You Should Know… Gabriel Pickus

Gabriel Pickus (Photo by Daniel Nozick)

Gabriel Pickus wears many hats: He is a percussionist, a martial artist, a healing touch practitioner, an organizer of Olam Ubuntu and the founder of the Baltimore Wisdom Project.

A Chicago native, Pickus lived on a kvutzah in Israel for nine months following high school, during which time he led coexistence outreach in developing Jewish communities and in Arab-Israel, Muslim- Israeli and Bedouin-Israeli villages as a culmination of his leadership training.

Pickus, 29, came to Baltimore in 2006 to attend Goucher College, where he studied religion with a focus on liberation theology, specifically black liberation theology. In his thesis, he explored the Exodus story and made connections to prove that it was used to fuel liberation sentiments in the antebellum South and pre-Civil War years.

He graduated in 2010 and has been doing outreach work with children ever since.

What is Olam Ubuntu?

Olam Ubuntu took the “olam” from tikkun olam as somewhat of a critique of tikkun olam projects as they have been manifest in recent years. Tikkun olam projects in the major Jewish institutions have tended to be one-offs that don’t build long-lasting relationships with the people who we are trying to help. So we borrowed the “olam” and put it with “ubuntu,” which means “I am because we are.” A world where “I am because we are” is what our vision of tikkun olam is, instead of fixing the world and therefore perpetuating a paradigm where it continues to be broken. For example, the nonprofit industrial complex here in Baltimore benefits from the suffering of the city in a certain regard. If they really wanted to fix the problems, they would work themselves out of a job. For some people, even on a subconscious level, they don’t want to actually fix it, because if the problem exists, they can continue to profit from researching it or trying to solve it or analyzing it.

A similar dynamic, whether consciously or unconsciously, has become manifest in the world of Jewish service learning and tikkun olam projects in general. For example, they send kids to New Orleans to build a house, but with all of the money they paid for airfare to send these kids, they could have hired someone in New Orleans to actually do the work. It’s an inefficient way to fix the world. It is not a service project, it’s a trip. Olam Ubuntu for us is just articulating a new vision of tikkun olam.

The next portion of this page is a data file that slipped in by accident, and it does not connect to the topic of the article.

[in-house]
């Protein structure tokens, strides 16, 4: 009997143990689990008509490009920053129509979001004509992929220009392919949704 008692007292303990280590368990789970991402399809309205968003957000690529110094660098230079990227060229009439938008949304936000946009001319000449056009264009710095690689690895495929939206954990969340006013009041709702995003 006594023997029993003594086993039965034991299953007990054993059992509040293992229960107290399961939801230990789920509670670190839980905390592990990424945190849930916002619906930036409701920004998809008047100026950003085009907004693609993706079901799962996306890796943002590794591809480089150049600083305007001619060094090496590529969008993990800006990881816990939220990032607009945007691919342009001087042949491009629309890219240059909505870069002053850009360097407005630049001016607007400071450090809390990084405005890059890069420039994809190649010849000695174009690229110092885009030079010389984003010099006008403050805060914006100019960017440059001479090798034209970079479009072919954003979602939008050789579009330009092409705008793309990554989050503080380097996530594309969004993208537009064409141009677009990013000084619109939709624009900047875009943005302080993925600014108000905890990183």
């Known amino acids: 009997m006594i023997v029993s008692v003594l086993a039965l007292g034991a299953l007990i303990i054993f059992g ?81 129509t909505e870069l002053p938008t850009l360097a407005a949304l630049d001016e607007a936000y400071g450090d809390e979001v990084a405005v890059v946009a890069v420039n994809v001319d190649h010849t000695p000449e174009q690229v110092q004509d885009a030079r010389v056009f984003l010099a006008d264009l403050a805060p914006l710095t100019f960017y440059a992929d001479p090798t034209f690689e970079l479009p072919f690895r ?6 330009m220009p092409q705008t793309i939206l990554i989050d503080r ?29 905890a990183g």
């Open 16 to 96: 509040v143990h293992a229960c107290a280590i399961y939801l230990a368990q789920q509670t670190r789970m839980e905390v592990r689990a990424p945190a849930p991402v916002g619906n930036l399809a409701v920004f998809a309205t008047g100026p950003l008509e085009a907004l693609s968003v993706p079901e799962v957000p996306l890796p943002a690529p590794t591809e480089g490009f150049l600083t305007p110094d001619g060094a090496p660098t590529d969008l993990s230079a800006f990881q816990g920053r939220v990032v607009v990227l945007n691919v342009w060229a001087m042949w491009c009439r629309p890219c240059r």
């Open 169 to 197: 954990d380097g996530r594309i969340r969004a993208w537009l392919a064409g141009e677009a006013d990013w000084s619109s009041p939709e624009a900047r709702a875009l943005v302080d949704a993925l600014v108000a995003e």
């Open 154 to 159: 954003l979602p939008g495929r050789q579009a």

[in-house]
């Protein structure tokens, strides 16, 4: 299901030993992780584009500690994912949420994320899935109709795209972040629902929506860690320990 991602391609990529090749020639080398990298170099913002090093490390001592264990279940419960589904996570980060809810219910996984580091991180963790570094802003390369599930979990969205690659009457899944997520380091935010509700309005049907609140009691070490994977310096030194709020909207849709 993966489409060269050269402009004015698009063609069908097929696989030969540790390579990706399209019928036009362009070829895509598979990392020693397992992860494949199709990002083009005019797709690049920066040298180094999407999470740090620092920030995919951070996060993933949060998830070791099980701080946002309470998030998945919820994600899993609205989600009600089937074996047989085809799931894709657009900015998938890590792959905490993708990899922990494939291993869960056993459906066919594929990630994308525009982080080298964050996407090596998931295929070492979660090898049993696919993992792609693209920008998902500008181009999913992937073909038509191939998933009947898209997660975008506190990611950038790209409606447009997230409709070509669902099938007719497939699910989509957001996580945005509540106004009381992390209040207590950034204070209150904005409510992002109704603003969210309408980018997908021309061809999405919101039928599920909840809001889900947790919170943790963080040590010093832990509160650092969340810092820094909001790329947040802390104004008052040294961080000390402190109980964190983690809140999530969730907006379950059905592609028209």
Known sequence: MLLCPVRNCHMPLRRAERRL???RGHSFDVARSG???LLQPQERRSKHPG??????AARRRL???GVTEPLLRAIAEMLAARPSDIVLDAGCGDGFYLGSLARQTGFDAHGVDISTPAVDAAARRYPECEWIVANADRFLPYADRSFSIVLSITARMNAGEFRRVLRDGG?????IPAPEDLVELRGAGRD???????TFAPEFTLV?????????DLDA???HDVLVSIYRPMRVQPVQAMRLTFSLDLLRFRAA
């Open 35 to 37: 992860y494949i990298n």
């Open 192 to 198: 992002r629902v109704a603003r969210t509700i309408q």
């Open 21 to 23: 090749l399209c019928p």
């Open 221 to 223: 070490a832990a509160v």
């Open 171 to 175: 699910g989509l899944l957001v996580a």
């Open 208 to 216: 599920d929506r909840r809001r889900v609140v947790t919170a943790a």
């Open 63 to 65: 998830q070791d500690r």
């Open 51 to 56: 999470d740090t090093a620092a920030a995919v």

What does the program entail?

It is a Beth Am initiative for 12- to 15-year-olds; they have a nonprofit group called In For Of (IFO) the community, which does outreach in surrounding Reservoir Hill, which is predominantly African- American. I share teaching equally with Ras Tre Subira, the founder of Afrikan Youth Alchemy. The program provides a bridge to be able to do this community outreach work alongside an African- descended community that shares [Jewish] values and the experience of oppression in a certain regard. As responsible Jews living in Baltimore, it behooves us to pay attention to those who are bearing the brunt of these problems and actually work with them — not to come down and tell them what they need, but actually build relationships with them and work together for a better city.

We just completed our pilot program, which we will be starting again in the fall for a full school year. We focused on identity. We did projects and presented them to the community and then engaged the community in the conversation, so the kids were actually leading a workshop on racism for adults by the end, essentially.

We also had Sunday trips, the first of which was a tour of Baltimore’s housing history. We took them on the journey of Jewish flight across Baltimore starting down in Jonestown at the Jewish museum and working our way all the way up to Pikesville.

What lies ahead?

We envision expanding. I am in the middle of proposing a social justice teen fellowship with the Baltimore Jewish Council that would serve as a separate extension of the program for 15- to 18-year-olds. I am also in a band called J Pope and the HearNow. We are having an album release party on June 16 at the Creative Alliance. The album is called “Soul Searching.”

dnozick@midatlanticmedia.com

Comments

  1. Cathy Shiel-Reardon says

    Gabe, you are creative and inspiring. I know you will apply your ideas throughout your life. I am grateful for you.
    Cathy Shiel-Reardon

Leave a Reply

Your email address will not be published. Required fields are marked *